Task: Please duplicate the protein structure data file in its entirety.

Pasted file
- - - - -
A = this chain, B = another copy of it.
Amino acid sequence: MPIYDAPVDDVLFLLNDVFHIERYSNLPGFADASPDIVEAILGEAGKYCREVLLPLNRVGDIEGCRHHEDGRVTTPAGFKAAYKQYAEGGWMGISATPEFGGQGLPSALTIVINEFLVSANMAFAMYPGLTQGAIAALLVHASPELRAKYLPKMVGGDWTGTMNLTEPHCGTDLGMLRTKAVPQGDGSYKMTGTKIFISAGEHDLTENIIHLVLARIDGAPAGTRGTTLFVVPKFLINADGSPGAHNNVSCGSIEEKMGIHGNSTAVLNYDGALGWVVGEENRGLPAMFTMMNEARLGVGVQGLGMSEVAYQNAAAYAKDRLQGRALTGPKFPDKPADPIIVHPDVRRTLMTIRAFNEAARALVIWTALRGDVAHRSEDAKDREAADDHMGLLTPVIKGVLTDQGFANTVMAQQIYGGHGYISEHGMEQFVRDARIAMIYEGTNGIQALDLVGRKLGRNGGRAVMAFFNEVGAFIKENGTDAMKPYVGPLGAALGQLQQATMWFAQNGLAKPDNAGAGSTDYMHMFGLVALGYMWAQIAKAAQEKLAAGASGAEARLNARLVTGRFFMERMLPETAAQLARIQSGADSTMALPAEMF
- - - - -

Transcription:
A = this chain, B = another copy of it.
Amino acid sequence: MPIYDAPVDDVLFLLNDVFHIERYSNLPGFADASPDIVEAILGEAGKYCREVLLPLNRVGDIEGCRHHEDGRVTTPAGFKAAYKQYAEGGWMGISATPEFGGQGLPSALTIVINEFLVSANMAFAMYPGLTQGAIAALLVHASPELRAKYLPKMVGGDWTGTMNLTEPHCGTDLGMLRTKAVPQGDGSYKMTGTKIFISAGEHDLTENIIHLVLARIDGAPAGTRGTTLFVVPKFLINADGSPGAHNNVSCGSIEEKMGIHGNSTAVLNYDGALGWVVGEENRGLPAMFTMMNEARLGVGVQGLGMSEVAYQNAAAYAKDRLQGRALTGPKFPDKPADPIIVHPDVRRTLMTIRAFNEAARALVIWTALRGDVAHRSEDAKDREAADDHMGLLTPVIKGVLTDQGFANTVMAQQIYGGHGYISEHGMEQFVRDARIAMIYEGTNGIQALDLVGRKLGRNGGRAVMAFFNEVGAFIKENGTDAMKPYVGPLGAALGQLQQATMWFAQNGLAKPDNAGAGSTDYMHMFGLVALGYMWAQIAKAAQEKLAAGASGAEARLNARLVTGRFFMERMLPETAAQLARIQSGADSTMALPAEMF